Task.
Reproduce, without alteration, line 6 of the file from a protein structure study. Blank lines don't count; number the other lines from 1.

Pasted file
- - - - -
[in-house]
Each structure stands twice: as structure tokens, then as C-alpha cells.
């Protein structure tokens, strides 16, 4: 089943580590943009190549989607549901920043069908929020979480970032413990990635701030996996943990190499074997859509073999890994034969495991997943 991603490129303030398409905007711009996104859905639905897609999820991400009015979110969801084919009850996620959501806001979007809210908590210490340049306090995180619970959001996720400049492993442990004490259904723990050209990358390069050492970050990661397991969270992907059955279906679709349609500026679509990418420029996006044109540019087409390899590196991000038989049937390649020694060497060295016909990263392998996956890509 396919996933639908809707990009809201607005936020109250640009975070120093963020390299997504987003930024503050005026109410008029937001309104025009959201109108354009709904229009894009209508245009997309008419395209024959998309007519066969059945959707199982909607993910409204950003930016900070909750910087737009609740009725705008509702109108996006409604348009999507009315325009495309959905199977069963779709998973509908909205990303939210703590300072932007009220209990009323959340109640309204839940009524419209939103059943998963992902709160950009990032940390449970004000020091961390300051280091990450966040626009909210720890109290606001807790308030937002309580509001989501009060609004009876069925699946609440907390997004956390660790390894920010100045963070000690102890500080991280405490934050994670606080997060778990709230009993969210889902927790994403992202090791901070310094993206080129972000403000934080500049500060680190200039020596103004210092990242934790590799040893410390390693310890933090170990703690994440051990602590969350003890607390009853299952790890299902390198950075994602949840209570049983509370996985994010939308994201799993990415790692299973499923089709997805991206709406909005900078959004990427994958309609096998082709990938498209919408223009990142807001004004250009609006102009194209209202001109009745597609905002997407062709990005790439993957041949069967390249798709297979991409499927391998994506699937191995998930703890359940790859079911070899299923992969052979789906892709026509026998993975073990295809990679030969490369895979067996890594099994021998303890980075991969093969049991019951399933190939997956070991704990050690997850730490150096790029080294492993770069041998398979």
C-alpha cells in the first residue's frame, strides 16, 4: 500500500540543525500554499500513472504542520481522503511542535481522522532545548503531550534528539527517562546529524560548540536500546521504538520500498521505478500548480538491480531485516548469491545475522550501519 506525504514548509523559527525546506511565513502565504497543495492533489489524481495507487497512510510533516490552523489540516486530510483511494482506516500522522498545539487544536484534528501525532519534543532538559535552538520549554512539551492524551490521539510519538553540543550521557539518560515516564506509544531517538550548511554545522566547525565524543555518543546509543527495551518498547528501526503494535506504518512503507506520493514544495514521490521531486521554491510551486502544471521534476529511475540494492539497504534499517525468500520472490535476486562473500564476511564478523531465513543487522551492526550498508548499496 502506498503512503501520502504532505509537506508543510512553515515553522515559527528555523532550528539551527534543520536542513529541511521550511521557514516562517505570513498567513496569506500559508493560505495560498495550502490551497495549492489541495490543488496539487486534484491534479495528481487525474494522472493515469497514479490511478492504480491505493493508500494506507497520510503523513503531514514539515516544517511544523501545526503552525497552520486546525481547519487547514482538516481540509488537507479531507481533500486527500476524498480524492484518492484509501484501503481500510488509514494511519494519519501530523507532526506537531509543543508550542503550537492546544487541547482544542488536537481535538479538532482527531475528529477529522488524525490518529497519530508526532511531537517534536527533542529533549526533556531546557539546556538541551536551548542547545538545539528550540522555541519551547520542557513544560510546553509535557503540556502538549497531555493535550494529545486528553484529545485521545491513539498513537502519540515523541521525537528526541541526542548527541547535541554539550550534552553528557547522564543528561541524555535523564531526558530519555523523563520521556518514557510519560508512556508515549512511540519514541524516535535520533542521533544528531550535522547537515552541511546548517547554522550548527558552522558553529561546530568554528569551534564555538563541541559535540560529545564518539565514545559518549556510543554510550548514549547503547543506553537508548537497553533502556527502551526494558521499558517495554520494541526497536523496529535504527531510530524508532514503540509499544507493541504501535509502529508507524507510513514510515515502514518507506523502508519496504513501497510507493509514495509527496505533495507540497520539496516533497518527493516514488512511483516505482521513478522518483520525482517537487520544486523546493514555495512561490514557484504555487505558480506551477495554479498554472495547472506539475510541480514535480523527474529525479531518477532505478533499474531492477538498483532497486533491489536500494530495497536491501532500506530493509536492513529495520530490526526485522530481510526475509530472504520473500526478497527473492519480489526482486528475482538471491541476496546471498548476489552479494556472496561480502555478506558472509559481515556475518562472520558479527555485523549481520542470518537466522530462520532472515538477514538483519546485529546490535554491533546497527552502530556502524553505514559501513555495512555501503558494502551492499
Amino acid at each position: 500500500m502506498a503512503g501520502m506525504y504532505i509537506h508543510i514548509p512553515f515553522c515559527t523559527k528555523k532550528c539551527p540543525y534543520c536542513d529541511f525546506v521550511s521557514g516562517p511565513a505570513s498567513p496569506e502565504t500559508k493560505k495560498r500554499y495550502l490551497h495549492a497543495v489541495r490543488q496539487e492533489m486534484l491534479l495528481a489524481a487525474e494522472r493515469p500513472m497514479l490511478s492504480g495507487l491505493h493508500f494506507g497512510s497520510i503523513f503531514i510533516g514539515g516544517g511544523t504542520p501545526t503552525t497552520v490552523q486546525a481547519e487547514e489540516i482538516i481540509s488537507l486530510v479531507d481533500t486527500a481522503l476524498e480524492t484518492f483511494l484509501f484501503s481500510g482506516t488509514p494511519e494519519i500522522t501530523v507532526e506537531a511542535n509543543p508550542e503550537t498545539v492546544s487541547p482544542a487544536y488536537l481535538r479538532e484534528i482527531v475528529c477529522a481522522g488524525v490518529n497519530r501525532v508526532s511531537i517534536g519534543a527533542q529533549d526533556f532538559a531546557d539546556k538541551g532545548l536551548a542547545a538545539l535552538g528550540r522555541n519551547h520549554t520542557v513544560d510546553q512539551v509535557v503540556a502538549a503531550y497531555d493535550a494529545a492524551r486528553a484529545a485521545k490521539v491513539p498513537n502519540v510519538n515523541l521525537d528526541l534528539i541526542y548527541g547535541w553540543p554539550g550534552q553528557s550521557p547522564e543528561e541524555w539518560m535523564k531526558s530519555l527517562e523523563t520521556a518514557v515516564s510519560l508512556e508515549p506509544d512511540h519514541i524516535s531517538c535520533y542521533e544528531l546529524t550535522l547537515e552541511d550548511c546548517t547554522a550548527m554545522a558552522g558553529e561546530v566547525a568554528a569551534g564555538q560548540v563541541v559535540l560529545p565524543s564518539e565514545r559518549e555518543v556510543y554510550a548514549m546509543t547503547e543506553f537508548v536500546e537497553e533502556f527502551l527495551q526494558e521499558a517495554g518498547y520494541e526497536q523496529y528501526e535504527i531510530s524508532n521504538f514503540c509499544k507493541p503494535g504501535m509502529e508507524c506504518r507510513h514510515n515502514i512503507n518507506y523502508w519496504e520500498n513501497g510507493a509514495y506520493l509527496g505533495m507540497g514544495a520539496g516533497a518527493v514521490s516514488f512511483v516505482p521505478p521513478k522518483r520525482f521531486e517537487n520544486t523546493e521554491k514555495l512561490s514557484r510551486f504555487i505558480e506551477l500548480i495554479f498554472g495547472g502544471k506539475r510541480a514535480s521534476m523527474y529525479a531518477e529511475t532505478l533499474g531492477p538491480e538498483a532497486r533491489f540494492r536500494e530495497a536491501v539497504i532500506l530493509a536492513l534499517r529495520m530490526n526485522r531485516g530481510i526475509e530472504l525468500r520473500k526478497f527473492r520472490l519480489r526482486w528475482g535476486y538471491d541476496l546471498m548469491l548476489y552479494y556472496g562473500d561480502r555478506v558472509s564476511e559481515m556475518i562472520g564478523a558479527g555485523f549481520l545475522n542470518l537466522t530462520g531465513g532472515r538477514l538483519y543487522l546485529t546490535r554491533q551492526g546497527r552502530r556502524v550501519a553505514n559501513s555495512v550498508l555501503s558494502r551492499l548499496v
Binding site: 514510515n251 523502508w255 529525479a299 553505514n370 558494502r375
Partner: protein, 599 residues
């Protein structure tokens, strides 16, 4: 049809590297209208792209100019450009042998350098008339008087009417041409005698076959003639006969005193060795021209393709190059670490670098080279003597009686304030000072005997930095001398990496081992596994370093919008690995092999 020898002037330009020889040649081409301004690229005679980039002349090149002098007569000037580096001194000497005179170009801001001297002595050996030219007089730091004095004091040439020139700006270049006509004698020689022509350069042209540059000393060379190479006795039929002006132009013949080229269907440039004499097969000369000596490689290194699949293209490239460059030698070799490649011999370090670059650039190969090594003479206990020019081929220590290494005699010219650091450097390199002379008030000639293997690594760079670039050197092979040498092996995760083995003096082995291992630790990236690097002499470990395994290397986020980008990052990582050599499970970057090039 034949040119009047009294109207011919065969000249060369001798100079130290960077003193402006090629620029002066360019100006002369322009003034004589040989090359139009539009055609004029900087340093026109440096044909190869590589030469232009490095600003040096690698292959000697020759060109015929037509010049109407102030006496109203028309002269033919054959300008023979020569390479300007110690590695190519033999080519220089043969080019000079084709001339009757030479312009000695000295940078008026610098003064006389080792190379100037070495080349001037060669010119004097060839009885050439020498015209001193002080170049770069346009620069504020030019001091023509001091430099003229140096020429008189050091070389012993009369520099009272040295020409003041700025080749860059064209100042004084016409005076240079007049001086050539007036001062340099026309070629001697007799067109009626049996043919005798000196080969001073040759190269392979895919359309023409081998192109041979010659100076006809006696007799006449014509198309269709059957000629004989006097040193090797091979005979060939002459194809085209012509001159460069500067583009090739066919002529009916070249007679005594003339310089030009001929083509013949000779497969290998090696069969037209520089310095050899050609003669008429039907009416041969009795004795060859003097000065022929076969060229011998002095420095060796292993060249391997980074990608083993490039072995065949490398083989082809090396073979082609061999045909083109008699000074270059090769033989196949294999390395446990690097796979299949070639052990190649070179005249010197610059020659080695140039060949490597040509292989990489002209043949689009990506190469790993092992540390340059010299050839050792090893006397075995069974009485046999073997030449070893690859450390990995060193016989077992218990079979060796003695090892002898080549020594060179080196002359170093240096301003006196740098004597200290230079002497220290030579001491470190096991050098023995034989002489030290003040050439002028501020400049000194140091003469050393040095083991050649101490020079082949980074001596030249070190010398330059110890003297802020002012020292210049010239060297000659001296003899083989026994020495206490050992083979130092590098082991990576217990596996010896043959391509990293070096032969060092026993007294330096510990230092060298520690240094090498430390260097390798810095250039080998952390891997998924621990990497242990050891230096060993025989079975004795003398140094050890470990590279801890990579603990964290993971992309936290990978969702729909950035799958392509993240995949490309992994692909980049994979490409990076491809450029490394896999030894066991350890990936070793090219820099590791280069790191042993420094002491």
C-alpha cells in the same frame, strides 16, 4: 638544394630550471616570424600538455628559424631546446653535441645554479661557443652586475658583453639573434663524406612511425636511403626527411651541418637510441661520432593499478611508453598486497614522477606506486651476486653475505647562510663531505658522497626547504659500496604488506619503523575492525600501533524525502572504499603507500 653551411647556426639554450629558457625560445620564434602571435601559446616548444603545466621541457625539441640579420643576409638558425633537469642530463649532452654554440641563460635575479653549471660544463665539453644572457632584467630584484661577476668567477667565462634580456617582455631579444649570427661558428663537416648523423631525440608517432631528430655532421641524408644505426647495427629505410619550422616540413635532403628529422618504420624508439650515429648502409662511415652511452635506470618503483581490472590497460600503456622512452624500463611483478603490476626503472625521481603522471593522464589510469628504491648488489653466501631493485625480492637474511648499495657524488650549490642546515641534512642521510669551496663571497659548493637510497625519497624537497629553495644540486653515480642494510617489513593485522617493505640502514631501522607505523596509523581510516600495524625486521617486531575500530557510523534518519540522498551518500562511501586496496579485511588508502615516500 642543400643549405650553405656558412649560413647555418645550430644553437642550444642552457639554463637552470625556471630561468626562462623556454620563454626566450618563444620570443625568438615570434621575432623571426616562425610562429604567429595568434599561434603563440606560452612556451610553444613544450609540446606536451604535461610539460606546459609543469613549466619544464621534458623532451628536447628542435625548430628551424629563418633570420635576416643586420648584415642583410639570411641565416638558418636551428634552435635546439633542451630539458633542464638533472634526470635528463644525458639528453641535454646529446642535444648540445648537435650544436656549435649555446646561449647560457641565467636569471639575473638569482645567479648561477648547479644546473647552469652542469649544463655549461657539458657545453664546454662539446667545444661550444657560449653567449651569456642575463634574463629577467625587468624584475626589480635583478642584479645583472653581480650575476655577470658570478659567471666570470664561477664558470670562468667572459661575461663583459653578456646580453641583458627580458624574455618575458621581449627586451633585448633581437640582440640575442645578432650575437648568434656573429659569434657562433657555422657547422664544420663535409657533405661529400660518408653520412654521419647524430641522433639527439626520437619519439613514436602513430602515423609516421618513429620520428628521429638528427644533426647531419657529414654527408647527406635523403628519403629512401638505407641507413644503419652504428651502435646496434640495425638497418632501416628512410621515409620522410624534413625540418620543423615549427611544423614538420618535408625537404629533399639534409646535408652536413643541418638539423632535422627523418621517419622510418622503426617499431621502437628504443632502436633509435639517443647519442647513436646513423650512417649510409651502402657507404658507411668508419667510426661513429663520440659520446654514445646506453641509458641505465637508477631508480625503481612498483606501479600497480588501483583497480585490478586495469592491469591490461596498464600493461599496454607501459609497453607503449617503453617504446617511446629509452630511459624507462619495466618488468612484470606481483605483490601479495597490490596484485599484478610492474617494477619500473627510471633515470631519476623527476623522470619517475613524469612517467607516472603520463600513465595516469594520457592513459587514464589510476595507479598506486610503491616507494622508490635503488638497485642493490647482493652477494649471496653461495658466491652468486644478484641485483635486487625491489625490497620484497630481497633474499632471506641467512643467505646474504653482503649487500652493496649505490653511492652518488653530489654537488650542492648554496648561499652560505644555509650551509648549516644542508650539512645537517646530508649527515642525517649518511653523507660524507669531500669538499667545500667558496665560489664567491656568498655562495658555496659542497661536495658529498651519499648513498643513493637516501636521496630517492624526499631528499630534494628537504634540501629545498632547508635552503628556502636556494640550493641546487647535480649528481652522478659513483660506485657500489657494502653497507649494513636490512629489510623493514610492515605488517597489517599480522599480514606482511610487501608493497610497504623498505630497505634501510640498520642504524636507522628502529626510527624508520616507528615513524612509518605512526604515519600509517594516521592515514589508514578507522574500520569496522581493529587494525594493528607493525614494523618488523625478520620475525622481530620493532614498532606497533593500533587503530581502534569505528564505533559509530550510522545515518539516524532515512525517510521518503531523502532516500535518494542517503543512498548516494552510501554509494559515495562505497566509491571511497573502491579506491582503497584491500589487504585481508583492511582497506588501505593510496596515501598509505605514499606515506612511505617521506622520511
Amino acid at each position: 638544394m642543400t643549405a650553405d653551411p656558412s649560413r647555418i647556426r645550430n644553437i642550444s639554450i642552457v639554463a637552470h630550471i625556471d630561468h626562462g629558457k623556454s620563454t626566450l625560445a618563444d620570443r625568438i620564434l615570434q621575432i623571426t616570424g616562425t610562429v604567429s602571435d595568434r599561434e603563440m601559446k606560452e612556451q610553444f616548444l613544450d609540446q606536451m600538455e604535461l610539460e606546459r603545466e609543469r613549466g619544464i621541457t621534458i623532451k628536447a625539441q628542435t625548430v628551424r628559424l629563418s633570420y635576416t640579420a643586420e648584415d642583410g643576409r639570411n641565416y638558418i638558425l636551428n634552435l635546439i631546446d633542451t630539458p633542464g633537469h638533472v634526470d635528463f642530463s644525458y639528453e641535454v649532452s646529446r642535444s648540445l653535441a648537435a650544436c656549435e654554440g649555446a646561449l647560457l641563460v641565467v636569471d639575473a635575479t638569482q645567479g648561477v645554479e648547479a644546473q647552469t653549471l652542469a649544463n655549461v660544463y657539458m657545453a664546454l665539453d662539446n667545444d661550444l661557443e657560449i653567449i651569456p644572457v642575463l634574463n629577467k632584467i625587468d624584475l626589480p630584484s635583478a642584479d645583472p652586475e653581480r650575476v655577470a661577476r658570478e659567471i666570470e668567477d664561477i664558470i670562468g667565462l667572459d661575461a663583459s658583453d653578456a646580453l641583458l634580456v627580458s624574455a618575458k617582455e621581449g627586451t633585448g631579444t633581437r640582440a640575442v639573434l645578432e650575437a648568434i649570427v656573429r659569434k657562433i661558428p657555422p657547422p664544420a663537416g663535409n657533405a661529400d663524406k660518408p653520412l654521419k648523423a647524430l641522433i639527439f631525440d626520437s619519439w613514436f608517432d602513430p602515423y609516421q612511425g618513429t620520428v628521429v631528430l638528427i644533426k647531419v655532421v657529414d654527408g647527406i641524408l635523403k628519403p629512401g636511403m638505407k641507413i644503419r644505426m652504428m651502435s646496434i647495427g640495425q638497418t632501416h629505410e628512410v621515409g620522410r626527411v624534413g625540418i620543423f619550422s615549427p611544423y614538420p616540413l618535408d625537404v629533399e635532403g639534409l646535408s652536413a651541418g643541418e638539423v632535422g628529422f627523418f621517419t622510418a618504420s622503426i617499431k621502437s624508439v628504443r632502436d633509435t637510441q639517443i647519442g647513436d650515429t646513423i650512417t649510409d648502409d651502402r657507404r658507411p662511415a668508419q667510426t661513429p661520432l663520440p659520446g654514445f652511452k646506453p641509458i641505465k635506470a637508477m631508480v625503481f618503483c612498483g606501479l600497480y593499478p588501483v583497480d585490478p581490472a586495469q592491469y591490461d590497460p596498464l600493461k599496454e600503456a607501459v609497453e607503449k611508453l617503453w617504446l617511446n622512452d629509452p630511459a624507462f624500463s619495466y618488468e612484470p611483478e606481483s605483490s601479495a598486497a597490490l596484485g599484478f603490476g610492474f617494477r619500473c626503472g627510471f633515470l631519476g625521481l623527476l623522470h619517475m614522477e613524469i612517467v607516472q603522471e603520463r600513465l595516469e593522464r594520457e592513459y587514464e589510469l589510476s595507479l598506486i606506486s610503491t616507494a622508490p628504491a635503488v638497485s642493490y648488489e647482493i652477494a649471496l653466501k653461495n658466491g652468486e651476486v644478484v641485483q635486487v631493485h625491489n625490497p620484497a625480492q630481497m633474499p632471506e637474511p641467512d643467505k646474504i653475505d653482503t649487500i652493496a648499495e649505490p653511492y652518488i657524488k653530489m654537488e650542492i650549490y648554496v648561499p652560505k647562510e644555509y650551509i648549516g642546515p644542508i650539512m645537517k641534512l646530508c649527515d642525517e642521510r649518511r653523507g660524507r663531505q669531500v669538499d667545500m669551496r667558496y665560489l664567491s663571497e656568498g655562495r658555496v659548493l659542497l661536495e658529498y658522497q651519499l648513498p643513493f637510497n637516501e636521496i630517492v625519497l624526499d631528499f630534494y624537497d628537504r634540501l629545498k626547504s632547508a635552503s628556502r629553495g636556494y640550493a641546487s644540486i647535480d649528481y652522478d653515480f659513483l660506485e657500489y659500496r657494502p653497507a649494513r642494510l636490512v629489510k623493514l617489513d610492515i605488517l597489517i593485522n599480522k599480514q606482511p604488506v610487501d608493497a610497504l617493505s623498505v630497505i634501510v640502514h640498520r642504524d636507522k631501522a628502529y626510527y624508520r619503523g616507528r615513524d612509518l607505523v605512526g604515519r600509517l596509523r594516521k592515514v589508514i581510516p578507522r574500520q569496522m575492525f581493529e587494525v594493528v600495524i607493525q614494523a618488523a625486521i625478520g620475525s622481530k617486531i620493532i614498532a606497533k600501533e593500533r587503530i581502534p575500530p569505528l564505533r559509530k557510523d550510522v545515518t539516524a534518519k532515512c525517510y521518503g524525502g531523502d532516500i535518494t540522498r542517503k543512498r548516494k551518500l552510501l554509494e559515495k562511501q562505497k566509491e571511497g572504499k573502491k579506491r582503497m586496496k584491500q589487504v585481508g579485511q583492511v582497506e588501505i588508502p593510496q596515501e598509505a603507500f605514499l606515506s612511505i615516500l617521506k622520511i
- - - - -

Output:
Binding site: 514510515n251 523502508w255 529525479a299 553505514n370 558494502r375